I'm inspired by my older clients that continue to want to learn. The public library is the best and most appropriate place to host this education, not a side room of a rec center or the basement of a church. There are innovators in children and adults emerging from makerspaces and partnerships with schools that have gone to 1-on-1 initiatives that the public library will certainly add value to.

While Carroll enjoys a low unemployment rate, I can assure you that there are folks utilizing the Internet to complete online job applications and doing research for resumes at the library each day. The library is an economic-development engine that showcases our community's emphasis on education and lifelong learning just as much as our parks and athletic fields and golf courses showcase our kids' fantastic athletic abilities.

Very limited resources have been committed to culture in Carroll, but yet we have one of the premier orchetras quartets in western Iowa, several private artists, published authors and accomplished theater people living among us. The library should be a place to showcase, appreciate and applaud those talents. I publicly support a new library facility and I intend for the council to review and approve agreements and do a confirmation of project direction at our next meeting April 14.

Train horn noise mitigation was introduced with an in-house review in 2006. The council made it one of its priorities in the Capital Improvement Program for 2014-2018 after discussion in the 2013 planning session. The Quiet Zone Study being conducted by Bolton & Menk Inc. was initiated October 2013. The study preparation is in progress, and fund expenditures began in December 2013.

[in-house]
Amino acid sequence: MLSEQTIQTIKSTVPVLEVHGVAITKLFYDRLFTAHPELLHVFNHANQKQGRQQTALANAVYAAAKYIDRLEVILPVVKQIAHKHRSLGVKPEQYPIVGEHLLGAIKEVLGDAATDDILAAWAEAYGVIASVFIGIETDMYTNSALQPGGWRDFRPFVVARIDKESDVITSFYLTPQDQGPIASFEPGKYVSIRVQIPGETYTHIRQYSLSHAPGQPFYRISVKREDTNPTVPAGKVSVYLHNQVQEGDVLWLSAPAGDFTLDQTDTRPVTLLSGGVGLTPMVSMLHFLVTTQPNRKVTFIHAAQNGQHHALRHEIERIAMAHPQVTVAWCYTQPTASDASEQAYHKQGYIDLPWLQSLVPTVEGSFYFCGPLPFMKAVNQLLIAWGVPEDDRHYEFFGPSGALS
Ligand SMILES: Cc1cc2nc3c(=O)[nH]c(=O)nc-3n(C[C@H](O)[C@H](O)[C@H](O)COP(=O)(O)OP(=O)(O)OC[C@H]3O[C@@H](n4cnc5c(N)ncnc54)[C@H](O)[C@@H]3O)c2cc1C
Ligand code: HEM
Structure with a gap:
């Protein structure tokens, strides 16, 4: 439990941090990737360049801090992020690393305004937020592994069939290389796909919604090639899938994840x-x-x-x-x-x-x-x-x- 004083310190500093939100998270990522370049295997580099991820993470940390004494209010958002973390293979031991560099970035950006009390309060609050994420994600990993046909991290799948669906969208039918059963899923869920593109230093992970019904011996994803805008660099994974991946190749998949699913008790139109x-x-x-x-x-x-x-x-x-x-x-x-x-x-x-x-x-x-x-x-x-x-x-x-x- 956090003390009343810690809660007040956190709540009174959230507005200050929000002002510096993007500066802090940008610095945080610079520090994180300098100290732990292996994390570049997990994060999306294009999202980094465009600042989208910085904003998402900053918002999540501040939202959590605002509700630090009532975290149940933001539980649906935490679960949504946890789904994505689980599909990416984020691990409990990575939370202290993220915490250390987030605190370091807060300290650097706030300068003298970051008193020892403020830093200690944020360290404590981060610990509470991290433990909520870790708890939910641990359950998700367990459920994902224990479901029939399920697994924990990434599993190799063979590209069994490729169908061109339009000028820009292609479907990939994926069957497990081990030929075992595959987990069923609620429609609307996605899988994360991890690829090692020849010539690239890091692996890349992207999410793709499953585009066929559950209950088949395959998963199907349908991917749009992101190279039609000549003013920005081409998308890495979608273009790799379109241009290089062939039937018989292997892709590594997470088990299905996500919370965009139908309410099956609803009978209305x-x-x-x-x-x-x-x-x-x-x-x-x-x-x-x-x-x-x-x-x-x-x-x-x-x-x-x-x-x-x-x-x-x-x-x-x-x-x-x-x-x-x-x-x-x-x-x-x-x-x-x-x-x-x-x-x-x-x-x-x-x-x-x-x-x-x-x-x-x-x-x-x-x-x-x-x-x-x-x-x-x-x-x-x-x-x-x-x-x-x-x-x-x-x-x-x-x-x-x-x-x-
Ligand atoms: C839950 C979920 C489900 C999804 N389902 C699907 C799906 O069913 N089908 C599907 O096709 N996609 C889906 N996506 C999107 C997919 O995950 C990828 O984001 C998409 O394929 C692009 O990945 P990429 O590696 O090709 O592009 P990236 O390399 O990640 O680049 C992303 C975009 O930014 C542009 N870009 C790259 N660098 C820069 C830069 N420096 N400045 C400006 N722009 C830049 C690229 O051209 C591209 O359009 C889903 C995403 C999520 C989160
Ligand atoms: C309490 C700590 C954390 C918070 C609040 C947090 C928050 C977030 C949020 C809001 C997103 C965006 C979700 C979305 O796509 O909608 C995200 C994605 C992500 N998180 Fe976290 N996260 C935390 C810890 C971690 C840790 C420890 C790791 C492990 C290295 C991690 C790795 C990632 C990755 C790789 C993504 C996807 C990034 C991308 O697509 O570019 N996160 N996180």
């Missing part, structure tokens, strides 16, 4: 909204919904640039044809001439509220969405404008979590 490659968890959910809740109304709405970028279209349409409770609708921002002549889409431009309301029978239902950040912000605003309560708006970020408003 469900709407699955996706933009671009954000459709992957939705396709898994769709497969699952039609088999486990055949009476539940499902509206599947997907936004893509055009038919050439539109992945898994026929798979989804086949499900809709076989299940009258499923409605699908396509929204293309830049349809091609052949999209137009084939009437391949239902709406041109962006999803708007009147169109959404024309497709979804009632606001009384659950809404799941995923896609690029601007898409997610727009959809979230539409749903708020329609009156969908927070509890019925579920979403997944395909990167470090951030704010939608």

Bolton & Menk is currently preparing the study, and meetings will be set up with Union Pacific Railroad representatives to review all information and any alternatives. The council will review and approve agreements and do a confirmation of project direction at our meeting on April 28.

Merchants Park was first introduced to the Parks, Recreation and Cultural Board at their meeting on Aug. 9, 2011. The conditional study was final Feb. 5, 2013, with Shive-Hattery. The study cost was $20,000, and most of the funds have been expended.

The project became a priority in the 2014-15 budget. $400,000 is in the upcoming budget. Merchants Park has been a big part of Carroll's history, and our athletics complex area incorporating Merchants Park, the Rec Center, football stadium, baseball stadium, softball stadium, men's slow-pitch fields, Carroll Family Aquatic Center and Des Moines Area Community College is one of our premier draws to the community outside of regional trade.

A proposal from Shive-Hattery will be brought before the city council May 12 to begin plans and specifications.

The street maintenance facility was also identified in a city space-needs study completed by DMG-Maximus in January 2001. The study included the library as I mentioned above, fire station, police station, streets department, recreation services, parks, library, golf course and cemetery. It became a priority in the 2014-2018 capital improvement plan with a consultant selection for preliminary initiated in 2013.

The consultant selection or study/design is in progress with no funds having been expended yet. Funds were expended in 2009 for property purchase and demolition in preparation for this project. A consultant should be selected, and further discussion is anticipated at our May 27 city council meeting.

I will be working with staff and the media in the upcoming weeks to make sure information is provided. I intend to work with our Young Professionals on another Beers and Ballots event soon, and will be looking to schedule some spring mayor coffees in the next few months.

My hope is the public and the council members always feel they have the information they need to be supportive of Carroll's continuous improvement, and I am also here welcoming your ideas and your concerns. Thank you.